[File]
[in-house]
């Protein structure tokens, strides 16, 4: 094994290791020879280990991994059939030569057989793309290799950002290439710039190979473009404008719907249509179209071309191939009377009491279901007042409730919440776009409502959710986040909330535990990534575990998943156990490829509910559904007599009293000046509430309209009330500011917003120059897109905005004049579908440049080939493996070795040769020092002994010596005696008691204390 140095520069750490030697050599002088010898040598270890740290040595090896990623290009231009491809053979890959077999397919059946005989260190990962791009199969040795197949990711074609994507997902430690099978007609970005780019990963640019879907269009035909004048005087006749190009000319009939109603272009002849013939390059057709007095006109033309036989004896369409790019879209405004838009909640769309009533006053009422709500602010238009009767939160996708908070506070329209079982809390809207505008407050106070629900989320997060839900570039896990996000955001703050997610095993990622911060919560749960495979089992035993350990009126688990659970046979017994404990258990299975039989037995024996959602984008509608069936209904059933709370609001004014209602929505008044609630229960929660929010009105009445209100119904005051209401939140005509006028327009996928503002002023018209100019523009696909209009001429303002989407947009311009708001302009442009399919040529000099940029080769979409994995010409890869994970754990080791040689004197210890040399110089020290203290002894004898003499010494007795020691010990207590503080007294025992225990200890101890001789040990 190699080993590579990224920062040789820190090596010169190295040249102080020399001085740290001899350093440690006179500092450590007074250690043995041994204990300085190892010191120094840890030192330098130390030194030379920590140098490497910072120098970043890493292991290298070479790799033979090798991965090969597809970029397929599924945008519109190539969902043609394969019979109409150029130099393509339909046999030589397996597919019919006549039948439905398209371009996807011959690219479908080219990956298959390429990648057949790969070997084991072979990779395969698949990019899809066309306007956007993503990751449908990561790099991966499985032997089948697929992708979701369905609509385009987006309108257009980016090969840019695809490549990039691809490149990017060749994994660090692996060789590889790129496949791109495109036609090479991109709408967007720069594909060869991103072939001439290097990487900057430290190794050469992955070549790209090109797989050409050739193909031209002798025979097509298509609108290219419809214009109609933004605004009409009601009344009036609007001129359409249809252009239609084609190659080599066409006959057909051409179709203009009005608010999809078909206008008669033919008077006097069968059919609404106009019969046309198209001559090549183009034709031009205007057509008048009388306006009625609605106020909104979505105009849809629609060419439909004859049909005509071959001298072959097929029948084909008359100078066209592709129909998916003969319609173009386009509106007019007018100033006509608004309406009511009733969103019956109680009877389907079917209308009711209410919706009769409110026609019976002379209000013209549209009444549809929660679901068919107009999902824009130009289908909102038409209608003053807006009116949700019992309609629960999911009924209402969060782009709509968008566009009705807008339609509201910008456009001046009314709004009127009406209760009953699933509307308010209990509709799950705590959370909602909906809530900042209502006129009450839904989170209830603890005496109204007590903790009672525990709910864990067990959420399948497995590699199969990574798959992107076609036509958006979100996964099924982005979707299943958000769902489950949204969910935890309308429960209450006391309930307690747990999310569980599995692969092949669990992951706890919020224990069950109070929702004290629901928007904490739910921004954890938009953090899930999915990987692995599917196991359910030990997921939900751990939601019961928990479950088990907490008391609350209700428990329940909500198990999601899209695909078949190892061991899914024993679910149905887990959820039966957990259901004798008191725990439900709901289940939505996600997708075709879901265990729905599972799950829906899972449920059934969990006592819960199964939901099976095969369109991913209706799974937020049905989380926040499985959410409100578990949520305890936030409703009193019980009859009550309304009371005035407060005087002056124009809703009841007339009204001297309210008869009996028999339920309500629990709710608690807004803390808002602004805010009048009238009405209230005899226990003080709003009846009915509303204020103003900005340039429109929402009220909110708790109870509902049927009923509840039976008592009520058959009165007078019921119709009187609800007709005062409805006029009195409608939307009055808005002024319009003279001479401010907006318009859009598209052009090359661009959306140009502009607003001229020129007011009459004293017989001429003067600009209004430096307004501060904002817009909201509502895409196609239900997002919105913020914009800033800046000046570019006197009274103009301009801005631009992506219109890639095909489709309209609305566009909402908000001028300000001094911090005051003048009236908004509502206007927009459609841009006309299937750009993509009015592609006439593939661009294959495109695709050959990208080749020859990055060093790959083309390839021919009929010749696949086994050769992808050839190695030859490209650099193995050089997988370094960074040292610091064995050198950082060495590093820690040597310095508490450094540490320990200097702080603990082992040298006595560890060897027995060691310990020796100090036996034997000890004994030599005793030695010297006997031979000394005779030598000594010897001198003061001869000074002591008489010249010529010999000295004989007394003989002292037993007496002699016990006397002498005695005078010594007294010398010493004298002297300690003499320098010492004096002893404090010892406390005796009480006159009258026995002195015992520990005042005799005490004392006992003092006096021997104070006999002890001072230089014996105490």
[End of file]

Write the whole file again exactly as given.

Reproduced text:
[in-house]
């Protein structure tokens, strides 16, 4: 094994290791020879280990991994059939030569057989793309290799950002290439710039190979473009404008719907249509179209071309191939009377009491279901007042409730919440776009409502959710986040909330535990990534575990998943156990490829509910559904007599009293000046509430309209009330500011917003120059897109905005004049579908440049080939493996070795040769020092002994010596005696008691204390 140095520069750490030697050599002088010898040598270890740290040595090896990623290009231009491809053979890959077999397919059946005989260190990962791009199969040795197949990711074609994507997902430690099978007609970005780019990963640019879907269009035909004048005087006749190009000319009939109603272009002849013939390059057709007095006109033309036989004896369409790019879209405004838009909640769309009533006053009422709500602010238009009767939160996708908070506070329209079982809390809207505008407050106070629900989320997060839900570039896990996000955001703050997610095993990622911060919560749960495979089992035993350990009126688990659970046979017994404990258990299975039989037995024996959602984008509608069936209904059933709370609001004014209602929505008044609630229960929660929010009105009445209100119904005051209401939140005509006028327009996928503002002023018209100019523009696909209009001429303002989407947009311009708001302009442009399919040529000099940029080769979409994995010409890869994970754990080791040689004197210890040399110089020290203290002894004898003499010494007795020691010990207590503080007294025992225990200890101890001789040990 190699080993590579990224920062040789820190090596010169190295040249102080020399001085740290001899350093440690006179500092450590007074250690043995041994204990300085190892010191120094840890030192330098130390030194030379920590140098490497910072120098970043890493292991290298070479790799033979090798991965090969597809970029397929599924945008519109190539969902043609394969019979109409150029130099393509339909046999030589397996597919019919006549039948439905398209371009996807011959690219479908080219990956298959390429990648057949790969070997084991072979990779395969698949990019899809066309306007956007993503990751449908990561790099991966499985032997089948697929992708979701369905609509385009987006309108257009980016090969840019695809490549990039691809490149990017060749994994660090692996060789590889790129496949791109495109036609090479991109709408967007720069594909060869991103072939001439290097990487900057430290190794050469992955070549790209090109797989050409050739193909031209002798025979097509298509609108290219419809214009109609933004605004009409009601009344009036609007001129359409249809252009239609084609190659080599066409006959057909051409179709203009009005608010999809078909206008008669033919008077006097069968059919609404106009019969046309198209001559090549183009034709031009205007057509008048009388306006009625609605106020909104979505105009849809629609060419439909004859049909005509071959001298072959097929029948084909008359100078066209592709129909998916003969319609173009386009509106007019007018100033006509608004309406009511009733969103019956109680009877389907079917209308009711209410919706009769409110026609019976002379209000013209549209009444549809929660679901068919107009999902824009130009289908909102038409209608003053807006009116949700019992309609629960999911009924209402969060782009709509968008566009009705807008339609509201910008456009001046009314709004009127009406209760009953699933509307308010209990509709799950705590959370909602909906809530900042209502006129009450839904989170209830603890005496109204007590903790009672525990709910864990067990959420399948497995590699199969990574798959992107076609036509958006979100996964099924982005979707299943958000769902489950949204969910935890309308429960209450006391309930307690747990999310569980599995692969092949669990992951706890919020224990069950109070929702004290629901928007904490739910921004954890938009953090899930999915990987692995599917196991359910030990997921939900751990939601019961928990479950088990907490008391609350209700428990329940909500198990999601899209695909078949190892061991899914024993679910149905887990959820039966957990259901004798008191725990439900709901289940939505996600997708075709879901265990729905599972799950829906899972449920059934969990006592819960199964939901099976095969369109991913209706799974937020049905989380926040499985959410409100578990949520305890936030409703009193019980009859009550309304009371005035407060005087002056124009809703009841007339009204001297309210008869009996028999339920309500629990709710608690807004803390808002602004805010009048009238009405209230005899226990003080709003009846009915509303204020103003900005340039429109929402009220909110708790109870509902049927009923509840039976008592009520058959009165007078019921119709009187609800007709005062409805006029009195409608939307009055808005002024319009003279001479401010907006318009859009598209052009090359661009959306140009502009607003001229020129007011009459004293017989001429003067600009209004430096307004501060904002817009909201509502895409196609239900997002919105913020914009800033800046000046570019006197009274103009301009801005631009992506219109890639095909489709309209609305566009909402908000001028300000001094911090005051003048009236908004509502206007927009459609841009006309299937750009993509009015592609006439593939661009294959495109695709050959990208080749020859990055060093790959083309390839021919009929010749696949086994050769992808050839190695030859490209650099193995050089997988370094960074040292610091064995050198950082060495590093820690040597310095508490450094540490320990200097702080603990082992040298006595560890060897027995060691310990020796100090036996034997000890004994030599005793030695010297006997031979000394005779030598000594010897001198003061001869000074002591008489010249010529010999000295004989007394003989002292037993007496002699016990006397002498005695005078010594007294010398010493004298002297300690003499320098010492004096002893404090010892406390005796009480006159009258026995002195015992520990005042005799005490004392006992003092006096021997104070006999002890001072230089014996105490």